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How To Kick Your Thyroid’s Ass: Think Fatty, Not Faddy Part II, OR, How To Be Nutritionally Deviant

Post Published: 04 October 2009
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Category: How To Kick Your Thyroid's Ass
This post currently has 20 responses. Leave a comment


I still have the jar sitting in my cupboard.   It hasn’t moved since I bought it, and it still hasn’t been opened.   I’m a little intimidated.   It’s a little exotic and I’m not sure what I would do with it, or how it’s going to taste anyway.   Red palm oil,, it’s called; a cooking oil with a dark red tint?,   I picked it up at the health food store only because I’d read a bit about the nutritive benefits (the only oil known to contains vitamins! A & E, among others) and also because I like trying new foods.   Not to mention, it seems a little deviant; you know, laughing in the face of conventional nutrition and buying something so naughty and risqué saturated fat!

Prevailing dietetic rhetoric in this country go something like this: fat is bad.   All fat is bad. Anything that contains any kind of fat is bad, but especially, saturated fats which must be avoided at all costs unless you want high cholesterol, a heart attack and an early grave.,   But many health professionals advocate for the consumption of saturated fat as a positive addition to a healthy diet.   Let’s take a look at why.

If we quickly scan the first “Think Fatty, Not Faddy”  we’ll see that since around the late 1970s or early 1980s, consumers/eaters have traded natural and good fats for highly-processed carbohydrate- and grain-filled foods a  la the low-fat/heart-healthy diet revolution.   Our ratio of fat to carbohydrates has shifted and diabetes is an epidemic.   Grains skyrocket blood sugar and are high on the glycemic index, whereas fats stabilize blood sugar and provide a feeling of satiety.   Blood sugar spikes are implicated in everything from insulin resistance to obesity. Also, dietary fats are required for us to synthesize certain vitamins and for the body to perform certain functions; grains are not a necessary addition to an eating plan (remember “Don’t Be Grainwashed.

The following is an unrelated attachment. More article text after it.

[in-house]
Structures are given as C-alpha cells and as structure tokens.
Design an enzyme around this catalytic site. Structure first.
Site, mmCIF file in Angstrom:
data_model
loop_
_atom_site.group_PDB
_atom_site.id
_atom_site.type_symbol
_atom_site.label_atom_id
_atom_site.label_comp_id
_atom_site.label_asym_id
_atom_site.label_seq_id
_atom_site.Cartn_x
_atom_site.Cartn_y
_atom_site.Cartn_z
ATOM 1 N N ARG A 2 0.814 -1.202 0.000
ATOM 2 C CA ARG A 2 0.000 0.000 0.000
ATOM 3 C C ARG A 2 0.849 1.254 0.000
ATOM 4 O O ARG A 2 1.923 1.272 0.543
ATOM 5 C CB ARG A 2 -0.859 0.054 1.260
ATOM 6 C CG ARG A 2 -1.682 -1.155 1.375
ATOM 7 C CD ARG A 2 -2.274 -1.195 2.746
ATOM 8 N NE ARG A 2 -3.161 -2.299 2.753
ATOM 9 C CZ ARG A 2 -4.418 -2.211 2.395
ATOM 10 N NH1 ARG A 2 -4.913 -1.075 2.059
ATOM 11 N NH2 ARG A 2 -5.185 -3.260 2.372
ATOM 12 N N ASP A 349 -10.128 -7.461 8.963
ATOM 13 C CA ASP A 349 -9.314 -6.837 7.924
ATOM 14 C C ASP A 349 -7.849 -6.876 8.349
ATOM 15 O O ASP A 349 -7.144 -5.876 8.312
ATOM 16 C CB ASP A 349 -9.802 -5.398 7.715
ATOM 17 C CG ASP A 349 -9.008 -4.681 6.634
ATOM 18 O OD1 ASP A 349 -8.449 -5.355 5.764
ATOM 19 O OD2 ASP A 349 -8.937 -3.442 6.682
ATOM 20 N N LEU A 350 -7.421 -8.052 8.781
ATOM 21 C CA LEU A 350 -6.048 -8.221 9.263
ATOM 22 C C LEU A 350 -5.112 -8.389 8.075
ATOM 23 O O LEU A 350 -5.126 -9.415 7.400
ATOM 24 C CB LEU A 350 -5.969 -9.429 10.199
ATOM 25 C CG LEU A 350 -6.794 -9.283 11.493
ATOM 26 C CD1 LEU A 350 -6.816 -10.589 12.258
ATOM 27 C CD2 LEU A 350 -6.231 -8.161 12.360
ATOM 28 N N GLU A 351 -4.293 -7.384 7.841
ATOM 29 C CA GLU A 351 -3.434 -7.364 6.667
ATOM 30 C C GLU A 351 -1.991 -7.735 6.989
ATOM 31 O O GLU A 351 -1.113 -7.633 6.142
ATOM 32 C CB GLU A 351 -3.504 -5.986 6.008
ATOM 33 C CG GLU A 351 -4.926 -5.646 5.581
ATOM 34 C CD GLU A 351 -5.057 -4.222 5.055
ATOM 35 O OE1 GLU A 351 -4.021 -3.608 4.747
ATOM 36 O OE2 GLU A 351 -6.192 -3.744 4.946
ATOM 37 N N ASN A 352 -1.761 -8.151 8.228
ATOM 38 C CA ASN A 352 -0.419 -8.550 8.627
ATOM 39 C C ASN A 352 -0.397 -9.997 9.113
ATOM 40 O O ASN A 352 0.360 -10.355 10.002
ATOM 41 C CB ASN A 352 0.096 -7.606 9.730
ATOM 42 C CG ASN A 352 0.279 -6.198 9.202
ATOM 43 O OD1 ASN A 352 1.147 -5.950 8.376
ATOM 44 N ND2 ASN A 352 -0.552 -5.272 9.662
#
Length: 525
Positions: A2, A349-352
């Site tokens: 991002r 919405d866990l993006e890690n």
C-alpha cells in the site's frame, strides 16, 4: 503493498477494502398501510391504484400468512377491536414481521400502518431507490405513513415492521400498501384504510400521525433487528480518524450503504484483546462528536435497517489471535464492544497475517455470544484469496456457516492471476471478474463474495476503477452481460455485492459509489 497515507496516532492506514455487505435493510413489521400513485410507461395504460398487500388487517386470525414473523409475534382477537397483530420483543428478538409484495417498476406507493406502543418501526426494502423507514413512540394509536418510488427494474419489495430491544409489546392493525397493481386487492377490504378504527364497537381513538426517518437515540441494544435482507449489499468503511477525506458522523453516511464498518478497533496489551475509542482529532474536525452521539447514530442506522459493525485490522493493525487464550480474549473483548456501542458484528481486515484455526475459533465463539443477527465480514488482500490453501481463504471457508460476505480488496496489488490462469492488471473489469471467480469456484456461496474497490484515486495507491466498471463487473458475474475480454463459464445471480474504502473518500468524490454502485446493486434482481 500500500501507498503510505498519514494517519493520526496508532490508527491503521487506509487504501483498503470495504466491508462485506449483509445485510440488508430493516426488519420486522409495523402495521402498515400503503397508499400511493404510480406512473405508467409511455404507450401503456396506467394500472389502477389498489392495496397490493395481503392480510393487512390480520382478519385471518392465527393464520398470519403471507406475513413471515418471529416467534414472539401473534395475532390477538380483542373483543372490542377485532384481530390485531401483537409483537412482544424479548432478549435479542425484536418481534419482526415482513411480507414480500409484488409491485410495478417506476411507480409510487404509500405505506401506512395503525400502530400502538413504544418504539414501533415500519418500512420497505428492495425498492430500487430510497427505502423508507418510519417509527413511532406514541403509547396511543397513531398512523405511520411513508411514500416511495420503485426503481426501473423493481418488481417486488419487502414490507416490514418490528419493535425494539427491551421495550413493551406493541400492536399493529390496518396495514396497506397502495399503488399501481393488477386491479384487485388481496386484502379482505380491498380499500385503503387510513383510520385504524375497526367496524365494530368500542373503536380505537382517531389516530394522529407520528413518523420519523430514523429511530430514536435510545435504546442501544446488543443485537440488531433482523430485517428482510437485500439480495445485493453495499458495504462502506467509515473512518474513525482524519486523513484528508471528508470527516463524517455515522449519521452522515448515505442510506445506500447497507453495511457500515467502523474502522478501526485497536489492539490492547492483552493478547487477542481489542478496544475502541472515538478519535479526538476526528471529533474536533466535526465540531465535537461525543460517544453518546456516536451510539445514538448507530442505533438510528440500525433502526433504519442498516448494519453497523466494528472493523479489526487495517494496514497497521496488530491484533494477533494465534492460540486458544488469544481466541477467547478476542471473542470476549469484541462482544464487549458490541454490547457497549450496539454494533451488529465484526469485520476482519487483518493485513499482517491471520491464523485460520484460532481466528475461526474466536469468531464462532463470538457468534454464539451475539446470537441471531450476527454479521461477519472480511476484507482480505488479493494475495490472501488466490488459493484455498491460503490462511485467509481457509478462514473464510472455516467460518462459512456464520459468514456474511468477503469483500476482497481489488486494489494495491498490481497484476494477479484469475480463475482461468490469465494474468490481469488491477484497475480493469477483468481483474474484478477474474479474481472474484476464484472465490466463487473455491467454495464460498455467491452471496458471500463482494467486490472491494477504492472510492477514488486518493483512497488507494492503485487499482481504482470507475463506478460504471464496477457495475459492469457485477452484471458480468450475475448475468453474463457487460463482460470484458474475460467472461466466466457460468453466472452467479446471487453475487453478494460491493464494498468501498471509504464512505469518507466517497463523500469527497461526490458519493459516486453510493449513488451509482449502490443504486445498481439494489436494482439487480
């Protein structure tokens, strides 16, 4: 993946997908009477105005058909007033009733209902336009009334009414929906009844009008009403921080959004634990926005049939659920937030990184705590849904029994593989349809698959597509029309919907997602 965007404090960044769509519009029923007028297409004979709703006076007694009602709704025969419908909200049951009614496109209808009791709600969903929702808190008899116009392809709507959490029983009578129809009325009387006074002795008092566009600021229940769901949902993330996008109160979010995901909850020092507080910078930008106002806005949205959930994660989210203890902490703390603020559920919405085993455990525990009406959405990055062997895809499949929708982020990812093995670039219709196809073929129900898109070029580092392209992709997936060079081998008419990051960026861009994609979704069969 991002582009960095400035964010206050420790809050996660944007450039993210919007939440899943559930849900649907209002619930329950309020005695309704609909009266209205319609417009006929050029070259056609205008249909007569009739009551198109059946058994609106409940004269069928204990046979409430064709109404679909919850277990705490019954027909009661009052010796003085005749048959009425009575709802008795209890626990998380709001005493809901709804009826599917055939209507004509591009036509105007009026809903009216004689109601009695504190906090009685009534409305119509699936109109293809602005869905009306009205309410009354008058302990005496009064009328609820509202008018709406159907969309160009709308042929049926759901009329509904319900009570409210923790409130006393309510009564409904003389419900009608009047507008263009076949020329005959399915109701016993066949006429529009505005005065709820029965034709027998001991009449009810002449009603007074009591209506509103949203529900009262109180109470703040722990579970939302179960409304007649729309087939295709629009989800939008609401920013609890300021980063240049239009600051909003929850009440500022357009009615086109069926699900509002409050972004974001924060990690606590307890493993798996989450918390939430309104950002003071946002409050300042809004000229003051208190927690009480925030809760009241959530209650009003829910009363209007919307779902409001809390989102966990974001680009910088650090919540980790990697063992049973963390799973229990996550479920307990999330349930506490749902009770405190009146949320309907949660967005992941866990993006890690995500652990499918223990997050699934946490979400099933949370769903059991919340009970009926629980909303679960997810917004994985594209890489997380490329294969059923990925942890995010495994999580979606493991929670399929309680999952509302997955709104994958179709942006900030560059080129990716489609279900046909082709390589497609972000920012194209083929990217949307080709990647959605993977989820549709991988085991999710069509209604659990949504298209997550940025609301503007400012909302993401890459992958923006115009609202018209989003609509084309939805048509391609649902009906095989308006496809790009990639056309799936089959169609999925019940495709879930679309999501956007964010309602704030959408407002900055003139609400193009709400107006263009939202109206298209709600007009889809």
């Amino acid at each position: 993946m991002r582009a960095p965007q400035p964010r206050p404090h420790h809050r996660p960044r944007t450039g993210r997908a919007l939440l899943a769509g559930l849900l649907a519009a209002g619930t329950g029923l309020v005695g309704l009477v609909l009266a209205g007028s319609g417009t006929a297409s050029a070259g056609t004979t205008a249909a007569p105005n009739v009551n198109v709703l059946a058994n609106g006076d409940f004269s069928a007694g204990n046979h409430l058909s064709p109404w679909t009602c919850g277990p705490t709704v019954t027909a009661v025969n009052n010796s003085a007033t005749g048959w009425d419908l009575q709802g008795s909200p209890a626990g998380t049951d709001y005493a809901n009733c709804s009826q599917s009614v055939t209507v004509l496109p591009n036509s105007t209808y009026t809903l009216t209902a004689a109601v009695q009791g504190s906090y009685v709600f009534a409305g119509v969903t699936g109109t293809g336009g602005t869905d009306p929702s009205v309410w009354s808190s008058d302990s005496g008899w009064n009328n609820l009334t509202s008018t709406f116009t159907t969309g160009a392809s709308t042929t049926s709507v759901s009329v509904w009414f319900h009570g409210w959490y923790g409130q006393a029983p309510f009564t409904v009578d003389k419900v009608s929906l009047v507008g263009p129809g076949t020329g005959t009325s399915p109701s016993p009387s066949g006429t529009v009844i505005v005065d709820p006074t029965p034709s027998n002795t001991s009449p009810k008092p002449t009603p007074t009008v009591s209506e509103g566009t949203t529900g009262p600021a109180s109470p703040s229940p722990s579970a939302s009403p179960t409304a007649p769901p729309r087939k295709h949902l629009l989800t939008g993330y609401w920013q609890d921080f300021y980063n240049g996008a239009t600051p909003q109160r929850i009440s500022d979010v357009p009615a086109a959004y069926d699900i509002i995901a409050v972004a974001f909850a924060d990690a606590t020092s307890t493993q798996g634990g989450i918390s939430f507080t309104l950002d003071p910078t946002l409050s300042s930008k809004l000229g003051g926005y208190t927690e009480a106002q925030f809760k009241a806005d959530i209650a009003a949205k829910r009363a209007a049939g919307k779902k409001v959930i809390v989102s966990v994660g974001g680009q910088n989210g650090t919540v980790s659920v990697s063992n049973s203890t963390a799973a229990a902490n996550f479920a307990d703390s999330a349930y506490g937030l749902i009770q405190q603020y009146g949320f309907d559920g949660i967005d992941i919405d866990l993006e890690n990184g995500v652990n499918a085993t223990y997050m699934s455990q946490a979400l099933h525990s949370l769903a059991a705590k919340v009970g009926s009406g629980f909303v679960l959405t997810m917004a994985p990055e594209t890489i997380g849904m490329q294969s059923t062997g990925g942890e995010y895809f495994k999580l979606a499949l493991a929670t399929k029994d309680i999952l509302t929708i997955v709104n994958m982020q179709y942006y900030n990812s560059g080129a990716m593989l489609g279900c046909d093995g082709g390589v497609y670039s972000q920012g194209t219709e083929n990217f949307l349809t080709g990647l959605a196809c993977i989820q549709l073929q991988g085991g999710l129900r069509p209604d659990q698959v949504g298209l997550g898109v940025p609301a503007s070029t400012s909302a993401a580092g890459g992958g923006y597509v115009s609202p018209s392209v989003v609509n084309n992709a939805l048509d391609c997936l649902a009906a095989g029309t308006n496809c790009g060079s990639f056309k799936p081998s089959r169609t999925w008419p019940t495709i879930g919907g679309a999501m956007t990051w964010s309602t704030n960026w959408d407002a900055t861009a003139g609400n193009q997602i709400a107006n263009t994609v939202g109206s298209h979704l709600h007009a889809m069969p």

Coconut oil* and palm oil are fruit-derived and naturally occurring saturated fats.   Palmitic and lauric acid, found in both oils, are two kinds of saturated fats that are known to increase cholesterol.   Yes, increase.   While this may seem like a drawback and outright proof that saturated fats are bad for us (because, after all no one wants high cholesterol), it actually isn’t: palmitic and lauric acid raise both LDL and HDL cholesterol together and in proportion to each other, which means good things for your cholesterol.   Also, interestingly, saturated fats are found in the breast milk of mammals.   This means, we’re being fed and sustained on saturated fats right from birth.   If this is the case, could they really be so terrible for us later in life?

One study done on a nomadic tribe in Kenya and Tanzania, the Masai, revealed that though the people of the tribe ate diets high in saturated fats (namely from animal sources), they still had the lowest levels of heart disease and cholesterol recorded.   They were lean and in shape.   Perhaps this was due to their nomadic lifestyle, but it cannot be ignored that though their diet high in saturated fat should have potentially set them up for heart disease, it did not.   Once these same peoples went on a “modern” diet, their incidences of disease and heart/cholesterol problems soared.   And this is not an isolated study — it has been confirmed over and over via various researchers that the saturated fat-cholesterol link just isn’t so evident as many people and experts would like to believe.   (For such studies, see the MSNBC article below.)